The gift.

6 Sep 2013
Bookmark

If someone offers you a gift and you refuse to accept it, to whom does the gift belong?

Criticism and abuse are like slugs that stick and suck the life out of us. I remember a Tibetan teacher once saying about criticism that either the critic is right about the issue and we need to correct whatever it is, or, as much as we can tell from our perspective, they are misguided and being unfair.

In that case we can have compassion for them. But compassion does not mean accepting their abuse. We have the choice to refuse to accept their abuse.

We can explain quietly in calmer times that we are no longer willing to accept the criticism and abuse and if they choose to offer it we will walk away and allow them to calm down until they are willing to discuss whatever the issue is in a loving and peaceful way. This, of course, may mean making the choice to not engage with that person at all.

We do have a choice and in exercising that choice we build our own resilience and set ourselves free. It's often not easy, but does it not always makes sense?

A Moodscope member.

Thoughts on the above? Please feel free to post a comment below.

Moodscope members seek to support each other by sharing their experiences through this blog. Posts and comments on the blog are the personal views of Moodscope members, they are for informational purposes only and do not constitute medical advice.

Email us at support@moodscope.com to submit your own blog post!

Comments

Anonymous

Sept. 7, 2013, 4:15 a.m.

Really poorly worded - whilst helpful when dealing with criticism, 'abuse' is a much wider issue. I understand your sentiment but I am now, as a victim of abuse, really struggling to not let this post have a negative effect on my mental state.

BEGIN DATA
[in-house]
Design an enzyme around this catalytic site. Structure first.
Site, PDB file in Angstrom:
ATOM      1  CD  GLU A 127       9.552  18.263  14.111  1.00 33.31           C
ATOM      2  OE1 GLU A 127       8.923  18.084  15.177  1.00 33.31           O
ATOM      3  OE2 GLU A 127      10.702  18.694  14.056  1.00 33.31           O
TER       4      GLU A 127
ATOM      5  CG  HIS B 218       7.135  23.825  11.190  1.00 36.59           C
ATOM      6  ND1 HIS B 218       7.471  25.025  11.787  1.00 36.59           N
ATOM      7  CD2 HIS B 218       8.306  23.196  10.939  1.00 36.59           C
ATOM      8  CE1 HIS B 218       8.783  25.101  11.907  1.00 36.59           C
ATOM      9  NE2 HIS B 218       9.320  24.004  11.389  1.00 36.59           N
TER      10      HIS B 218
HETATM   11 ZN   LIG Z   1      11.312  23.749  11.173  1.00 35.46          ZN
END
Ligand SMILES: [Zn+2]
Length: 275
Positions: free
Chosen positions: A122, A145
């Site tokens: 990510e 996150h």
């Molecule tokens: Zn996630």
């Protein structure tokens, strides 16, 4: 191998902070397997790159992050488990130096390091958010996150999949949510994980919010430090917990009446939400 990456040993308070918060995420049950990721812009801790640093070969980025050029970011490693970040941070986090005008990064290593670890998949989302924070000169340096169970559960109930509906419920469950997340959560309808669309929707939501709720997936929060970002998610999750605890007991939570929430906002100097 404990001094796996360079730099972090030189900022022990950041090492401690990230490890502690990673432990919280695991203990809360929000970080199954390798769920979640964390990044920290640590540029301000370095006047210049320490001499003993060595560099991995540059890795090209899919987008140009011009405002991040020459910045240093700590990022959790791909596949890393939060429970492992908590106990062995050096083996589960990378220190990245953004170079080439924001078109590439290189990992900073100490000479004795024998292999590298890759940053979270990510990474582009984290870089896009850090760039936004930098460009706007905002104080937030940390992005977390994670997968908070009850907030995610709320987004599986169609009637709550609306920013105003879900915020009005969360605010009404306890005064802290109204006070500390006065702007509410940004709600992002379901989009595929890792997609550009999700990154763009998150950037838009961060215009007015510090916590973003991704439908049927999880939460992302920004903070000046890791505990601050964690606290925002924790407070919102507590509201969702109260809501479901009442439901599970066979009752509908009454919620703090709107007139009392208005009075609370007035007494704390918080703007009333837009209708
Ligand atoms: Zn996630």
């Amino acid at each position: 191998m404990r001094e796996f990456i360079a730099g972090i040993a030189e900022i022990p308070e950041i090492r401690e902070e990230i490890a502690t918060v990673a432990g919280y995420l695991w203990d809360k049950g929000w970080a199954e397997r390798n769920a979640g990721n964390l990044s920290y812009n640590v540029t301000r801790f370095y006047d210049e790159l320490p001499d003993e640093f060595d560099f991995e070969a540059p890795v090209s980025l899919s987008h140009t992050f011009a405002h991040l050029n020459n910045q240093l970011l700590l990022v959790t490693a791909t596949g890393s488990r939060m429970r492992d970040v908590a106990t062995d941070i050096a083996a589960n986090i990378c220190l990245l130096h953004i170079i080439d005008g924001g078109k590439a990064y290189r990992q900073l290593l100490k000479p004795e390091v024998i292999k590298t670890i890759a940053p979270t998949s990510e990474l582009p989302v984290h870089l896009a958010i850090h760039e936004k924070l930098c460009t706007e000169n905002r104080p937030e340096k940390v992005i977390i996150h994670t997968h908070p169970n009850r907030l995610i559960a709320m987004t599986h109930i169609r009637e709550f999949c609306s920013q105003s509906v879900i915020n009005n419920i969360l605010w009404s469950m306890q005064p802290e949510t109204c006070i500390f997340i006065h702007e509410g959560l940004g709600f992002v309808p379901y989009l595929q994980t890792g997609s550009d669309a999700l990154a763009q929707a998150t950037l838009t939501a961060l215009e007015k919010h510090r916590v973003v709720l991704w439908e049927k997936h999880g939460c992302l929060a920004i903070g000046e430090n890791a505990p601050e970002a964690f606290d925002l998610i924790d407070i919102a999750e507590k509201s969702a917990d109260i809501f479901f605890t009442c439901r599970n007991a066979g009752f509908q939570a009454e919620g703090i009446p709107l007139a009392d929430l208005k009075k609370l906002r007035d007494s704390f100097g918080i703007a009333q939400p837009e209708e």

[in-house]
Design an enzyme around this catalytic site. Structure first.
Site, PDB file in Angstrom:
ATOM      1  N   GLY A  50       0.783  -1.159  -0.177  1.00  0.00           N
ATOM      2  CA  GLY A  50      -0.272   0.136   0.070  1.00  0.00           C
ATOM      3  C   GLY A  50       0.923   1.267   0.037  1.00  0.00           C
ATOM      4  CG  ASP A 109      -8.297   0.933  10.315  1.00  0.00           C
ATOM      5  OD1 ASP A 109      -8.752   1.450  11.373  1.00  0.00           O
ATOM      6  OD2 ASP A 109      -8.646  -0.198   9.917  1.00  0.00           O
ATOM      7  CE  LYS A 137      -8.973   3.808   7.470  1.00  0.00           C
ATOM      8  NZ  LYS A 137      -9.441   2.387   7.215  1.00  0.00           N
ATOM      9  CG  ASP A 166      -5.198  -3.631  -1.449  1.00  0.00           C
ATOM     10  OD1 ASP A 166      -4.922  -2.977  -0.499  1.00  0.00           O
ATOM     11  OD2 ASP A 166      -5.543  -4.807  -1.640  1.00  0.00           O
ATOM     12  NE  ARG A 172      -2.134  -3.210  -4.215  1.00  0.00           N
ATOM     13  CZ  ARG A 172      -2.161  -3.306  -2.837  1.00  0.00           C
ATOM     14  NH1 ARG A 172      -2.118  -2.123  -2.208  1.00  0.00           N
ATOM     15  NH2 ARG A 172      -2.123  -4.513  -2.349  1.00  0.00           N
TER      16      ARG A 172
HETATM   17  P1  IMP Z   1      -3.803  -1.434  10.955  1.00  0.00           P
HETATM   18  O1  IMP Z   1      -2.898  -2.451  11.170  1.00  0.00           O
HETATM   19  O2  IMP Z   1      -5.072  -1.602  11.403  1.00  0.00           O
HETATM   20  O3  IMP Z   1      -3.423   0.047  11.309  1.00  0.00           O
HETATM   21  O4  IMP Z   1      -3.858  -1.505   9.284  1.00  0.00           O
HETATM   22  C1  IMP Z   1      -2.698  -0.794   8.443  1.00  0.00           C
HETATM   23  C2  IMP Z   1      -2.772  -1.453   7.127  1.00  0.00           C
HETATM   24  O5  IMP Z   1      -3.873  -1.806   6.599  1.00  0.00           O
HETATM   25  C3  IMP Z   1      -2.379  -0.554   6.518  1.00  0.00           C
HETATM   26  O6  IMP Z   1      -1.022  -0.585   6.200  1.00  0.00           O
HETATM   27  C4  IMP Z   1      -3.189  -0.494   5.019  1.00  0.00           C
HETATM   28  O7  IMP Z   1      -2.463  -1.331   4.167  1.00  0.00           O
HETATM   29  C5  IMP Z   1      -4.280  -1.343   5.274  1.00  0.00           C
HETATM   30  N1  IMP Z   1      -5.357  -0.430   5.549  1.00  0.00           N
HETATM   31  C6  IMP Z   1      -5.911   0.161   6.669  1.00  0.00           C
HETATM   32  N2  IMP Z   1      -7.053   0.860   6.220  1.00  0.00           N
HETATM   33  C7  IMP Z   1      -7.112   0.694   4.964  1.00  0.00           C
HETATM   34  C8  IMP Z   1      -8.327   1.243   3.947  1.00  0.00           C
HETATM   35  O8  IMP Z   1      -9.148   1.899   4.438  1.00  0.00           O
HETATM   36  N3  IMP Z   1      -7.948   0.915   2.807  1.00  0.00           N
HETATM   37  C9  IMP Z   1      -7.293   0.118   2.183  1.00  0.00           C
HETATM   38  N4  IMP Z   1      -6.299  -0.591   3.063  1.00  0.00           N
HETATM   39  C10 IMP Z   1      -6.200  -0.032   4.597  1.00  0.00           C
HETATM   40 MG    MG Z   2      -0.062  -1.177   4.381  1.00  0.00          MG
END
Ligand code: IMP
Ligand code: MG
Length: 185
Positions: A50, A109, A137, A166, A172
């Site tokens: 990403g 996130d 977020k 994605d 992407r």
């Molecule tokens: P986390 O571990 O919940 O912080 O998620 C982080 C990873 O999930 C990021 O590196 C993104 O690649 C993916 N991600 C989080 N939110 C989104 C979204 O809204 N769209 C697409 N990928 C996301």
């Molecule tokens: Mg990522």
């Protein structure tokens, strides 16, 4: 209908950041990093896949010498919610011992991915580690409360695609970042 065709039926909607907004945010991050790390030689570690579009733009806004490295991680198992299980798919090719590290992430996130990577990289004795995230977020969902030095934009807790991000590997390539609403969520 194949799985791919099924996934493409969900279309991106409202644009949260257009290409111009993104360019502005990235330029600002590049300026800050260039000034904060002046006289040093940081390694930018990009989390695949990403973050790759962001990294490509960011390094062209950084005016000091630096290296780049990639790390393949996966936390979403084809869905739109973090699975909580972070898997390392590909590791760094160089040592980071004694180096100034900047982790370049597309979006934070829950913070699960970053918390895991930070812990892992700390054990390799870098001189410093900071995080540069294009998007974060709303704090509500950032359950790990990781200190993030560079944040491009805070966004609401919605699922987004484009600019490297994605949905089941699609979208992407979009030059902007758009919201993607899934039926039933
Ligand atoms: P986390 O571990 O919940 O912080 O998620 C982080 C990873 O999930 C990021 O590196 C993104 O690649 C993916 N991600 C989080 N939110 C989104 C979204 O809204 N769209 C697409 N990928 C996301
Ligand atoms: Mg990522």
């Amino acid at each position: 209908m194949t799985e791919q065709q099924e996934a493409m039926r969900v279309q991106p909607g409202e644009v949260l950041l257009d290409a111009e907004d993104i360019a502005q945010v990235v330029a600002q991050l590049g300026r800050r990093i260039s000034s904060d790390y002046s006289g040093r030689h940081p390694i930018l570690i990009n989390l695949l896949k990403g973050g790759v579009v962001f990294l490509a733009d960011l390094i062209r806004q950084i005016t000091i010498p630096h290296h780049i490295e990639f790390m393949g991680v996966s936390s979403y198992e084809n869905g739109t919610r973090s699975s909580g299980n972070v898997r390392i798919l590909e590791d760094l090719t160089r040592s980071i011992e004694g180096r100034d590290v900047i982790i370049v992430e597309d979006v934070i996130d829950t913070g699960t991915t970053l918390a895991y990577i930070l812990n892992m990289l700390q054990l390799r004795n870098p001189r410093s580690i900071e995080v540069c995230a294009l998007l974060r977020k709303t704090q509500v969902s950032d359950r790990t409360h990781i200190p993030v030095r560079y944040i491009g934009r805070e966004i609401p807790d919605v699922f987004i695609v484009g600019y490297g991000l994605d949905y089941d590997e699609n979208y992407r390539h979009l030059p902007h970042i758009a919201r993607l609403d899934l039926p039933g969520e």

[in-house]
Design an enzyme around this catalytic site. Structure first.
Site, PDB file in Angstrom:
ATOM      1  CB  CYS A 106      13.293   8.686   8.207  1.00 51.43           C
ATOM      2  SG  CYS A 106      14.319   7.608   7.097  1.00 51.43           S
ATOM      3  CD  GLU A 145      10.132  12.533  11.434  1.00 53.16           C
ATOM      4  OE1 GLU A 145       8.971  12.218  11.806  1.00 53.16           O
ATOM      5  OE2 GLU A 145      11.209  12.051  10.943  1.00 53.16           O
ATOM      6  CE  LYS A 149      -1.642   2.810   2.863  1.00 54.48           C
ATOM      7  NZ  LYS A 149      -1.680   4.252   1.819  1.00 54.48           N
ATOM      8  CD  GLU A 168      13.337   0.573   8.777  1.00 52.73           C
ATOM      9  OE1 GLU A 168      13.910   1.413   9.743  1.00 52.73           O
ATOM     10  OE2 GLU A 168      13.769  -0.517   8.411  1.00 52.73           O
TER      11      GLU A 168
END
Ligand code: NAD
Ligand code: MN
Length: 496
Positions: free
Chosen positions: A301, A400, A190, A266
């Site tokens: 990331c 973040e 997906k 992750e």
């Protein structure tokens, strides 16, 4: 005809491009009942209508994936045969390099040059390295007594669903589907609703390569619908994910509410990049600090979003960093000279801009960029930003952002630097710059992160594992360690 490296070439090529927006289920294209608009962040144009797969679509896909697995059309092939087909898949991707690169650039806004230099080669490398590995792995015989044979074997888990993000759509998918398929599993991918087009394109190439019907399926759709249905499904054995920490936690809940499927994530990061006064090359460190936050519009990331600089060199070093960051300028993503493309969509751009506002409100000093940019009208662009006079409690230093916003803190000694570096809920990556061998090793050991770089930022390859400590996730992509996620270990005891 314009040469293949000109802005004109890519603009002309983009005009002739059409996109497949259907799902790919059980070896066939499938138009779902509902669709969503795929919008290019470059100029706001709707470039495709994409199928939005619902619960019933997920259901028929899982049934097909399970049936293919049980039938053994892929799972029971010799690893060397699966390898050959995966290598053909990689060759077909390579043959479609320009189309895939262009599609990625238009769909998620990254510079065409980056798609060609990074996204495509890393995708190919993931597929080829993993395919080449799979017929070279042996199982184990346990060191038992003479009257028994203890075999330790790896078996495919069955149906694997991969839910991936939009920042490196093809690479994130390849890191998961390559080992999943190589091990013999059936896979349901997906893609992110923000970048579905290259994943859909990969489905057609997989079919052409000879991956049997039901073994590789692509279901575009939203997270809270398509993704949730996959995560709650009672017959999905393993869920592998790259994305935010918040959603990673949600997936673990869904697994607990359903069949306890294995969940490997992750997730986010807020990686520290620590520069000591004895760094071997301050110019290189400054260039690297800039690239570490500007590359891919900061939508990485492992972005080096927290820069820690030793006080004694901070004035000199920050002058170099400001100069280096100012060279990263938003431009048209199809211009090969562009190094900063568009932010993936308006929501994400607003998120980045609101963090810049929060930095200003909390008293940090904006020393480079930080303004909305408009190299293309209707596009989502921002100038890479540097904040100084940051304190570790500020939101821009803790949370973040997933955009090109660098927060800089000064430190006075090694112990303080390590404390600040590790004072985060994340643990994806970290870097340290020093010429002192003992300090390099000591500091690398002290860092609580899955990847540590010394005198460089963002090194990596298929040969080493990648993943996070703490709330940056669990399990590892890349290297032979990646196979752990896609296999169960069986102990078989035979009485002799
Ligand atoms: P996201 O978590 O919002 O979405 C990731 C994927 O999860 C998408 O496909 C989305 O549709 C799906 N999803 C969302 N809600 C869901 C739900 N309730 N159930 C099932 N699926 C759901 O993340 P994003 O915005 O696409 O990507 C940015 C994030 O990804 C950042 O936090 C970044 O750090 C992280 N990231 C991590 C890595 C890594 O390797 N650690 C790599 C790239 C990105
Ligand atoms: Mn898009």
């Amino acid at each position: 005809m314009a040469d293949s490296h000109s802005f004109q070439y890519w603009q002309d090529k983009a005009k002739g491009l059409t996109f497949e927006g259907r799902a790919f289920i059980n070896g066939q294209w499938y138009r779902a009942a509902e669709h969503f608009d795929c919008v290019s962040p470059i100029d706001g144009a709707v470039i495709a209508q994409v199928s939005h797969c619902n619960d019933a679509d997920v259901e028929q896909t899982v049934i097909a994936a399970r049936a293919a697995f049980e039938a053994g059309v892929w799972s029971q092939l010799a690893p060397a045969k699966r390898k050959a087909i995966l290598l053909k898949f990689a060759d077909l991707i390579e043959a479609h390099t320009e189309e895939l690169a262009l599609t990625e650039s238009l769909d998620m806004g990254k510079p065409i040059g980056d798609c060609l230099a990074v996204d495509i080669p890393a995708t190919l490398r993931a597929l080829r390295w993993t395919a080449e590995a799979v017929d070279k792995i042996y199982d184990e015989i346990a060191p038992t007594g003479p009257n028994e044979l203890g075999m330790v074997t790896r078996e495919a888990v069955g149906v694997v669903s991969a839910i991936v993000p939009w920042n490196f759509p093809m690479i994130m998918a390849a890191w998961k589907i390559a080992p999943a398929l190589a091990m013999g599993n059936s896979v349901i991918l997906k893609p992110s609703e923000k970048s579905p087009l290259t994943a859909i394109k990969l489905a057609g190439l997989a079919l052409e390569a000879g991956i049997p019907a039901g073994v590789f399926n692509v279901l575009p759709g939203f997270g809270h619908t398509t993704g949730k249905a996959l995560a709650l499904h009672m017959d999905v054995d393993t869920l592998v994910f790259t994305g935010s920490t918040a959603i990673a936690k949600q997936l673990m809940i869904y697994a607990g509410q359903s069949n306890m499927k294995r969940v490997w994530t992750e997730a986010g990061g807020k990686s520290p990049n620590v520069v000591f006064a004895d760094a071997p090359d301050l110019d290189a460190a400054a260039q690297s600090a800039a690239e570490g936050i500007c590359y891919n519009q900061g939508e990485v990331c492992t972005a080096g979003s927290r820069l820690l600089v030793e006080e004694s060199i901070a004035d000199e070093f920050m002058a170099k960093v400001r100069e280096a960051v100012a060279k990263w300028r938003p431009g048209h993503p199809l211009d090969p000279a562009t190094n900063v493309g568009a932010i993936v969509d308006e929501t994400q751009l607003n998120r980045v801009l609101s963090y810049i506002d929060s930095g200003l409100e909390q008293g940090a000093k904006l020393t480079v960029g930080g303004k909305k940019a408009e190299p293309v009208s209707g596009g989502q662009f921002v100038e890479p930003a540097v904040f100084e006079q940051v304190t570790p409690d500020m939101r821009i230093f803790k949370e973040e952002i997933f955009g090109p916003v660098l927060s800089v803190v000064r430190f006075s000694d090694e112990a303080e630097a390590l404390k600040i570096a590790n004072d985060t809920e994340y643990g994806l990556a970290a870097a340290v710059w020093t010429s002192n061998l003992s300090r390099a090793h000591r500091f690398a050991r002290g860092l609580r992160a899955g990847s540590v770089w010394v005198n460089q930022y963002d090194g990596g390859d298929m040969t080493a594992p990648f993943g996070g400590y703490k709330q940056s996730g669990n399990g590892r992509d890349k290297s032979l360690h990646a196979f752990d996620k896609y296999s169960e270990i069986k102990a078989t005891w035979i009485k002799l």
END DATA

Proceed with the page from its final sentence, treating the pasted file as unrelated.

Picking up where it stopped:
Reply

Julia

Sept. 7, 2013, 7:58 a.m.

I was a little bit confused here Bill. It took me a while to understand what you were getting at. As the first post says, abuse suggests physical violence and bullying while criticism is a word that applies only to verbal behaviour which is generally not bullying. Two very different things and almost at the opposite ends of the spectrum. I was surprised to read the Tibetan's comments (which you do point out refer only to criticism..thankfully) Physical and mental abuse delivered from the abuser to the victim can never be the fault of the victim. Never. Abuse is never to be tolerated. The abuser is always wrong. From your wonderful previous posts, I am sure this is not what you meant Bill, but to me this is how it comes across, that abuse and criticism can sometimes be justified..

Reply

Anonymous

Sept. 7, 2013, 8:37 a.m.

I think Bill means that if the criticism is not justified it becomes abuse because it is totally fictitious.Most criticism is created from something unacknowledged in the criticissor in my opinion,I believe it is a reflection on themselves.It is easy to criticise ,much better to compliment. I appreciate the daily thoughts and admire the contributors for revealing their thoughte to help others.Thanks Bill and moodscope.